www.southwestfoodservice.com | December 2022 - January 2023

Restaurants Face New Challenges to Survive After Key Legislation Stalls

Small Business COVID Relief Act of 2022

Restaurants that struggled to survive the pandemic are now worried they could close their doors for good after the Senate effectively killed legislation that would have provided more funding.

The Senate in May failed to advance the Small Business COVID Relief Act, which included $40 billion to refill the Restaurant Revitalization Fund (RRF) set up by a separate relief bill in March 2021.

Restaurants argued the new money was necessary because nearly 177,000 restaurants that applied for funding were left out of $28 billion in grants sent to just 105,000 restaurants.

Now those restaurants have little hope of getting additional funding from Washington, where Republicans in the House and Senate are skeptical of additional relief money. They say much of what has already been authorized by Washington has yet to be spent, and they are not in favor of providing more taxpayer money at a time of rising inflation.

Sen. Mike Braun (R-Ind.) said after the vote the federal government needs to “stop contributing to Biden’s inflation crisis by spending more money we don’t have,” while Sen. Ted Cruz (R-Texas) said after the vote he would support the bills in the future if they were paid for by “already authorized and appropriated COVID-19 relief funds.”

Diana Staley, owner of Reverie Kitchen in Connecticut, spent nine weeks ahead of the vote meeting with senators. She said the bill could be reconsidered but Republicans will most likely only support it if more unspent COVID-19 funds are repurposed to pay for it.

Only $5 billion in the bill came from unused funds from the Paycheck Protection Program (PPP), a pandemic-era program that provided small businesses with loans to pay for their payroll and other costs such as mortgages and rent.

“They’re not looking at this for what it is,” Staley said. “Restaurants contribute more than $900 billion to the economy, growing by $36 billion every year. This legislation allows restaurants to recover from the pandemic and grow and hire more people, and that growth will end up being a multiple of what this bill amount is.”

Some Democrats also were skeptical of the most recent draft of the bill, though they still voted to debate it. But that could lead to problems down the road if it was brought back.

Sen. Chris Murphy (D-Conn.), for example, said after the vote it was “too expensive and does not have enough guardrails on how the money will be spent.” He said if it is reconsidered, he will help insert key changes. An aide told The Hill he was “concerned how funding will be disbursed.”

The list of restaurants that initially received grants revealed that 1 in 10 RRF restaurants belonged to a large franchise, despite some rules and limitations, according to an analysis by the food publication Counter.

It also showed that just a small fraction — 5 percent — of restaurants received nearly 40 percent of the previously allocated $28 billion.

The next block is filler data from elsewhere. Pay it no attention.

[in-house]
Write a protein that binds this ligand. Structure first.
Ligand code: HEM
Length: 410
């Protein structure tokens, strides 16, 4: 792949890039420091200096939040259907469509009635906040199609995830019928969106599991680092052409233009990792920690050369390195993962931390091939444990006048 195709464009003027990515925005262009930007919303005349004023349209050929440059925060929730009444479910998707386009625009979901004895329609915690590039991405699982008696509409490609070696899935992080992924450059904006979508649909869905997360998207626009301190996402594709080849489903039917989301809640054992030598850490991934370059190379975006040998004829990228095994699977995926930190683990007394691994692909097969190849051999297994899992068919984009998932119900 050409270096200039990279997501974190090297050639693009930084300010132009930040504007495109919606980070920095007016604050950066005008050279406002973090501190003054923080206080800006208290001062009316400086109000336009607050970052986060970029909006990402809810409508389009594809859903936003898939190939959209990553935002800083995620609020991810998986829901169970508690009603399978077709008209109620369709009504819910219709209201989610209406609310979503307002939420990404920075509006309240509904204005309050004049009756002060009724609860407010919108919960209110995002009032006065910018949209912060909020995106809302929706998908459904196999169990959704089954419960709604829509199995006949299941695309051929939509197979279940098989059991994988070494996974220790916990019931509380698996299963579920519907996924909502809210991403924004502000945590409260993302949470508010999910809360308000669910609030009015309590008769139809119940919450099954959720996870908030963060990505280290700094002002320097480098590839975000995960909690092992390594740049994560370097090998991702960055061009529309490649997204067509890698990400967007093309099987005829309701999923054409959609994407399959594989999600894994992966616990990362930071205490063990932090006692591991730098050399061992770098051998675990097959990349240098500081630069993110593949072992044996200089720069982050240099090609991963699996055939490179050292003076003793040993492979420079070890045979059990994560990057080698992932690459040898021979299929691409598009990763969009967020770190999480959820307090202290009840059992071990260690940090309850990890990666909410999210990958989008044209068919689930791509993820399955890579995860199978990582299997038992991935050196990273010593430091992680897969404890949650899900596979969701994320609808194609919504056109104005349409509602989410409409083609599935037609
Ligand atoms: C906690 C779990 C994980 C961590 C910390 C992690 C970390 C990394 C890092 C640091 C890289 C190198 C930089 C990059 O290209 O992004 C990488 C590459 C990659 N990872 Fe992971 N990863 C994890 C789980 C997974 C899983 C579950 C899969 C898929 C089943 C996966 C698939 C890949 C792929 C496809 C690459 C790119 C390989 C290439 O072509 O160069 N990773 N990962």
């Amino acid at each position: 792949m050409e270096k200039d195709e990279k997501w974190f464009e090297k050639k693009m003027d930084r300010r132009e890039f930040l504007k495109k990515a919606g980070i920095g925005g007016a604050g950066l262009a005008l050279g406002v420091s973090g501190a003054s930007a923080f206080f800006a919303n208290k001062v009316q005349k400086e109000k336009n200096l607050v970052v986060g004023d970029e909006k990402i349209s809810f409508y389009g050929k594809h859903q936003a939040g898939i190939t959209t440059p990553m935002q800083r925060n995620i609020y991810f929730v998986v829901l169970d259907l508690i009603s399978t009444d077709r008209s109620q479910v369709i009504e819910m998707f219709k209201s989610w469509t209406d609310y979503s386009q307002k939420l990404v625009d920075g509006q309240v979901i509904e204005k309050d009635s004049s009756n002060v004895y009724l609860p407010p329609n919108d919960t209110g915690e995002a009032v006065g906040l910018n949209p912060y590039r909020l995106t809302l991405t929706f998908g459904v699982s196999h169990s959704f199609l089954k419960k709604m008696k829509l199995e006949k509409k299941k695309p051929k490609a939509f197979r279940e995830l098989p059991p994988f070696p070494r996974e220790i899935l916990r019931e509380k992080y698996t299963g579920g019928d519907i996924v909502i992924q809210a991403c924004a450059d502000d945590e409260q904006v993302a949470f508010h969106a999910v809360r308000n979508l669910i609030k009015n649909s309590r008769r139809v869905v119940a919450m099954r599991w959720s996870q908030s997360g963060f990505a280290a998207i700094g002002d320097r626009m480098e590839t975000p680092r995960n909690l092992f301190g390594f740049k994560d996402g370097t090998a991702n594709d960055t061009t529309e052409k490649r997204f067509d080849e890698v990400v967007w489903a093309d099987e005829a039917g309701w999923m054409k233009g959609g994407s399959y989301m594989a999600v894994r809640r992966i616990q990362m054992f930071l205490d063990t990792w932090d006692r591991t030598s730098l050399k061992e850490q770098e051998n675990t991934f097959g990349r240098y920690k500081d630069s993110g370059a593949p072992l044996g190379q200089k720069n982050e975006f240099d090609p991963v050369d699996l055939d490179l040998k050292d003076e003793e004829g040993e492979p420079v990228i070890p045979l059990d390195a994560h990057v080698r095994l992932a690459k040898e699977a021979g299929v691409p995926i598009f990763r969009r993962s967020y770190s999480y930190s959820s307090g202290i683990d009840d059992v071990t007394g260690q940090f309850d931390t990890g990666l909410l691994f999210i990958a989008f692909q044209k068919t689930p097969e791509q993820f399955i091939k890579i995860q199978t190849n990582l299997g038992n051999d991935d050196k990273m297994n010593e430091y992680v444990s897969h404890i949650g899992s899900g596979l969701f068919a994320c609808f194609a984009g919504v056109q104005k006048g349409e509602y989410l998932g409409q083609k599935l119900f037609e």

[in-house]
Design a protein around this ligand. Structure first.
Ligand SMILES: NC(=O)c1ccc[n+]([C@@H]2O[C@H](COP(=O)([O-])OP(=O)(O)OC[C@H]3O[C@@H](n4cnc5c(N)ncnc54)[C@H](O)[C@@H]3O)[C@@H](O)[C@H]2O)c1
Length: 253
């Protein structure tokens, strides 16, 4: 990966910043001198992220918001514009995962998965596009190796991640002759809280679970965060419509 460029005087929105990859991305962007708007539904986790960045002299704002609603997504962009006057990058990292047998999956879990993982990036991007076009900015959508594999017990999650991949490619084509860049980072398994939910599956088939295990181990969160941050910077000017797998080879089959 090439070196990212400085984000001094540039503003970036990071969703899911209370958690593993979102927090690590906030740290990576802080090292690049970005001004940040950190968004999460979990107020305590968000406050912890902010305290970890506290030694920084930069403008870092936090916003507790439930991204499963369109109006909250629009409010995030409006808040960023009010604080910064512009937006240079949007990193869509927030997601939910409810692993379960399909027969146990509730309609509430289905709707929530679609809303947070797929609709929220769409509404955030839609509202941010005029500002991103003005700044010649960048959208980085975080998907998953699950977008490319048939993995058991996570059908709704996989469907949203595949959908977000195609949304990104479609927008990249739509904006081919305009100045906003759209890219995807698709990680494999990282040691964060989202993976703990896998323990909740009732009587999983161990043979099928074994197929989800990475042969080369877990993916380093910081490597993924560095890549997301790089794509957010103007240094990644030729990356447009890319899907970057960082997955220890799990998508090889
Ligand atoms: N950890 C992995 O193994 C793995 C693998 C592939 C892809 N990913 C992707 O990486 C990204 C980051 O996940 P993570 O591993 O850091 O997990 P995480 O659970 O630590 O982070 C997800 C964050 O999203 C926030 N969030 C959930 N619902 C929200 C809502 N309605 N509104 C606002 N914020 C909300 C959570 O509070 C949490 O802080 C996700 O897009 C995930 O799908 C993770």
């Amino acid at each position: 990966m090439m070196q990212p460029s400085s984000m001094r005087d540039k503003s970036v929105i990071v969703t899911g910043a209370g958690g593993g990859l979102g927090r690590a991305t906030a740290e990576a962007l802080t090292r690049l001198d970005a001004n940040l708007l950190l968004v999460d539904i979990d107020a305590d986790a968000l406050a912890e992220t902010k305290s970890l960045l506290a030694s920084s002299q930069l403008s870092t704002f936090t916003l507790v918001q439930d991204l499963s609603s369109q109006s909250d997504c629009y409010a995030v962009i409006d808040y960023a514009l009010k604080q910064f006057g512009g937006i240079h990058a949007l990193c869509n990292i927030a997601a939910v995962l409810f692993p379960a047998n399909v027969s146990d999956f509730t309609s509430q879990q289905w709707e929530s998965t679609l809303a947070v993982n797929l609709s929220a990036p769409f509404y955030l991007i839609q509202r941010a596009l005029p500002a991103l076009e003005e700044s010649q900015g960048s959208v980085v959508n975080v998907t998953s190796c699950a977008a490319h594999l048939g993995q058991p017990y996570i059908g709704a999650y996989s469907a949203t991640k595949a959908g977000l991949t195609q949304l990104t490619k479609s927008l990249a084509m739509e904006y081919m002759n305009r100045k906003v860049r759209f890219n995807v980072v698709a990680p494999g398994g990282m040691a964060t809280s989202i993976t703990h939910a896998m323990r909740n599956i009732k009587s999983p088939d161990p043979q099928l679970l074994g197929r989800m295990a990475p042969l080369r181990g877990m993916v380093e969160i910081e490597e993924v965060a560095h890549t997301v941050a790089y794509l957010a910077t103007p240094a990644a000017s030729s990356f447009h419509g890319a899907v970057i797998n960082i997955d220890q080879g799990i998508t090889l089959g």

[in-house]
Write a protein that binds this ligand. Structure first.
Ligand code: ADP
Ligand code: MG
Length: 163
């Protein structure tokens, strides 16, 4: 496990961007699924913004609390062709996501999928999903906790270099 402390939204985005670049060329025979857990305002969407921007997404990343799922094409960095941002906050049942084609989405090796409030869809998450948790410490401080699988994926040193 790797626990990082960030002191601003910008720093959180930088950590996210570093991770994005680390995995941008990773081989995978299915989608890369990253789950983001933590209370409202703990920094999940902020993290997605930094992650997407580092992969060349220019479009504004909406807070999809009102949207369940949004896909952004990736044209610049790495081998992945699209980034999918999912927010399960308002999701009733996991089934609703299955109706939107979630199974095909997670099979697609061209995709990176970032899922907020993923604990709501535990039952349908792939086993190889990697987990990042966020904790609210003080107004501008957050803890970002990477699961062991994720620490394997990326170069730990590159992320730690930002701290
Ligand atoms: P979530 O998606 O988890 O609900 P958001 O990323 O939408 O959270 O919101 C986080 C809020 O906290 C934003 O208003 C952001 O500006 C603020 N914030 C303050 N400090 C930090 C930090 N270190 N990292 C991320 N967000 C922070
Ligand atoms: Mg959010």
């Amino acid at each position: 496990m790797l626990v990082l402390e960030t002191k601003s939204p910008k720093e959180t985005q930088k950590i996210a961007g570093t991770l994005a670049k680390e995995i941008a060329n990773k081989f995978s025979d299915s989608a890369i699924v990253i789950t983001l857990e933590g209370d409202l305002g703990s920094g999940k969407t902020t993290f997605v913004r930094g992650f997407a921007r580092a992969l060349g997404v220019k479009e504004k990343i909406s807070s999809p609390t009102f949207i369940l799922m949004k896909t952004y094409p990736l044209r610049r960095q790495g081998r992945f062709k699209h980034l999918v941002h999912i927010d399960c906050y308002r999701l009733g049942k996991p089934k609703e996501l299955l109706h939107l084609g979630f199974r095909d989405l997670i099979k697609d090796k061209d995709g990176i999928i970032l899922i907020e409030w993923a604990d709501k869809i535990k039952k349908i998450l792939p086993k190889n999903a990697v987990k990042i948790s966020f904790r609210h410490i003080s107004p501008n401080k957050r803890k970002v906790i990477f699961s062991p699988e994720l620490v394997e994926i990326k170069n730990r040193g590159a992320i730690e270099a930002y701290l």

The chance at reviving the fund sparked hope in Ruth Gresser, the owner of Pizzeria Paradiso in Washington, D.C.

Gresser was one of the nearly 3,000 restaurant owners whose grant approvals were rescinded after a federal court issued an injunction ruling the Small Business Administration’s 21-day period to prioritize women, minorities and other socioeconomically disadvantaged applicants was unconstitutional.

“Congress doesn’t seem to care about it, or not enough senators, and suddenly it’s more important they draw this fiscal line,” Gresser said, adding that she’s cut her staff by 60 people with four of her five locations still generating less revenue than they were in 2019.

Before their approval was rescinded, owners of Goosecup in Leesburg, Va., planned to use the funds to pay staff members and their debt. They couldn’t apply for PPP loans — eligible restaurants could apply for both with the risk of receiving a lesser RRF grant — because their restaurant opened after the cutoff date of February 2020.

“We’re at this point now where we got a sizable amount of debt, a little bit more than we would’ve gotten from the RRF,” the owner said. “Almost every month, we’re having to put more and more debt in, and at some point we have to step back and say, ‘Is it worth it?’”

Washington restaurant owner Jill Tyler lobbied with the Independent Restaurant Coalition after her restaurant Tail Up Goat received an RRF grant but her bar Reveler’s Hour didn’t. Her bar hasn’t been able to keep up with generating revenue to pre-pandemic levels — especially with new COVID-19 strains and surges — and is only open half the hours it used to be.

“We’re going to see main streets get sad,” Tyler said. “What we have seen close won’t be even a fraction of what’s coming.”

Staley, the Connecticut restaurant owner, said she’s still meeting with lawmakers despite the major setback, but even if there is reconsideration of the bill, she’s not sure it will be moved at a rapid pace.

“Many members are distracted by so many issues that are going on and this isn’t as glamorous as some others, but this is an industry that’s steady,” Staley said.


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